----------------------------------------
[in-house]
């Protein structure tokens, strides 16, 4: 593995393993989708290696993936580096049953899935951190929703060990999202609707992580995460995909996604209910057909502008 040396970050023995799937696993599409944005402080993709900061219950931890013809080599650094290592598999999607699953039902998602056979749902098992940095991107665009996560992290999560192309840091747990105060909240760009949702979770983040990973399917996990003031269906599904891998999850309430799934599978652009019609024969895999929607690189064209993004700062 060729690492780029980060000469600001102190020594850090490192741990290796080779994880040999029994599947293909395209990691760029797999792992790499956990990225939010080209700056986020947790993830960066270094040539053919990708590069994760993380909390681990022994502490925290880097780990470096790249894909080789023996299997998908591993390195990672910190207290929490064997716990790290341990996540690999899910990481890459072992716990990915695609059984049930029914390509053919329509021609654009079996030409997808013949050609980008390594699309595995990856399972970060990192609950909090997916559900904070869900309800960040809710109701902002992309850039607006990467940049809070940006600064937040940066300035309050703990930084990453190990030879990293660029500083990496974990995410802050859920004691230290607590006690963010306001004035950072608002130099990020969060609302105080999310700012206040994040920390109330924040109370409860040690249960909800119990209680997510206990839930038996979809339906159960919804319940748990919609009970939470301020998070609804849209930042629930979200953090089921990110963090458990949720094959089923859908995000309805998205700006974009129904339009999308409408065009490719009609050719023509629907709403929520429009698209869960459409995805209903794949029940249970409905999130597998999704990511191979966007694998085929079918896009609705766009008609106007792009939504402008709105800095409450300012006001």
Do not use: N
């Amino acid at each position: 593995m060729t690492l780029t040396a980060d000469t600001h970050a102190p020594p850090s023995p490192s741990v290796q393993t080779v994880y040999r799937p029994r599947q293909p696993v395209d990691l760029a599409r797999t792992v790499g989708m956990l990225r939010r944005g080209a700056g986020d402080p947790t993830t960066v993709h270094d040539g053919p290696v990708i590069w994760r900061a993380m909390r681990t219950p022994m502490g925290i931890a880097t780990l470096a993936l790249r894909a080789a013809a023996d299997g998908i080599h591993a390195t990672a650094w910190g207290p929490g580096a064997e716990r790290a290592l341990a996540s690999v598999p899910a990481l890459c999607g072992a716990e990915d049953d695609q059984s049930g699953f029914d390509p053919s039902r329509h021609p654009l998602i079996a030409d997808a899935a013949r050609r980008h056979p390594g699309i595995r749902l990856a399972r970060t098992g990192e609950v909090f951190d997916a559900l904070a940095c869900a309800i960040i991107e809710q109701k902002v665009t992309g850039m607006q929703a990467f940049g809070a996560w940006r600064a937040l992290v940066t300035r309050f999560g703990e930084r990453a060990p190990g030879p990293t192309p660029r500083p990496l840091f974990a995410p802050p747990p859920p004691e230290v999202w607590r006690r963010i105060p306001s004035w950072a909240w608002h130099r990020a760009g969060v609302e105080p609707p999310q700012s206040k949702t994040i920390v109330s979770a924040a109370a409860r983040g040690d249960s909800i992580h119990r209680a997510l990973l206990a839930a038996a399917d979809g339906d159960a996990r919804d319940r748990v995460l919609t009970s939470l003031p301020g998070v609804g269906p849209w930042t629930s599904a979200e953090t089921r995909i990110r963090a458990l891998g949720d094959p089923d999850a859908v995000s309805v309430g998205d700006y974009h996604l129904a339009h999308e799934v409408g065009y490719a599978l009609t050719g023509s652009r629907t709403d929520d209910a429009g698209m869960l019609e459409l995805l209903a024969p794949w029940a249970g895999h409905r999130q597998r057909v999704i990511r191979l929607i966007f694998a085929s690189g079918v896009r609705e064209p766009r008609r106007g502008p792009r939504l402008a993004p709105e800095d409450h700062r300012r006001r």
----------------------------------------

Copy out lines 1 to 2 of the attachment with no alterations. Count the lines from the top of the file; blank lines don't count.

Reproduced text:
[in-house]
């Protein structure tokens, strides 16, 4: 593995393993989708290696993936580096049953899935951190929703060990999202609707992580995460995909996604209910057909502008 040396970050023995799937696993599409944005402080993709900061219950931890013809080599650094290592598999999607699953039902998602056979749902098992940095991107665009996560992290999560192309840091747990105060909240760009949702979770983040990973399917996990003031269906599904891998999850309430799934599978652009019609024969895999929607690189064209993004700062 060729690492780029980060000469600001102190020594850090490192741990290796080779994880040999029994599947293909395209990691760029797999792992790499956990990225939010080209700056986020947790993830960066270094040539053919990708590069994760993380909390681990022994502490925290880097780990470096790249894909080789023996299997998908591993390195990672910190207290929490064997716990790290341990996540690999899910990481890459072992716990990915695609059984049930029914390509053919329509021609654009079996030409997808013949050609980008390594699309595995990856399972970060990192609950909090997916559900904070869900309800960040809710109701902002992309850039607006990467940049809070940006600064937040940066300035309050703990930084990453190990030879990293660029500083990496974990995410802050859920004691230290607590006690963010306001004035950072608002130099990020969060609302105080999310700012206040994040920390109330924040109370409860040690249960909800119990209680997510206990839930038996979809339906159960919804319940748990919609009970939470301020998070609804849209930042629930979200953090089921990110963090458990949720094959089923859908995000309805998205700006974009129904339009999308409408065009490719009609050719023509629907709403929520429009698209869960459409995805209903794949029940249970409905999130597998999704990511191979966007694998085929079918896009609705766009008609106007792009939504402008709105800095409450300012006001």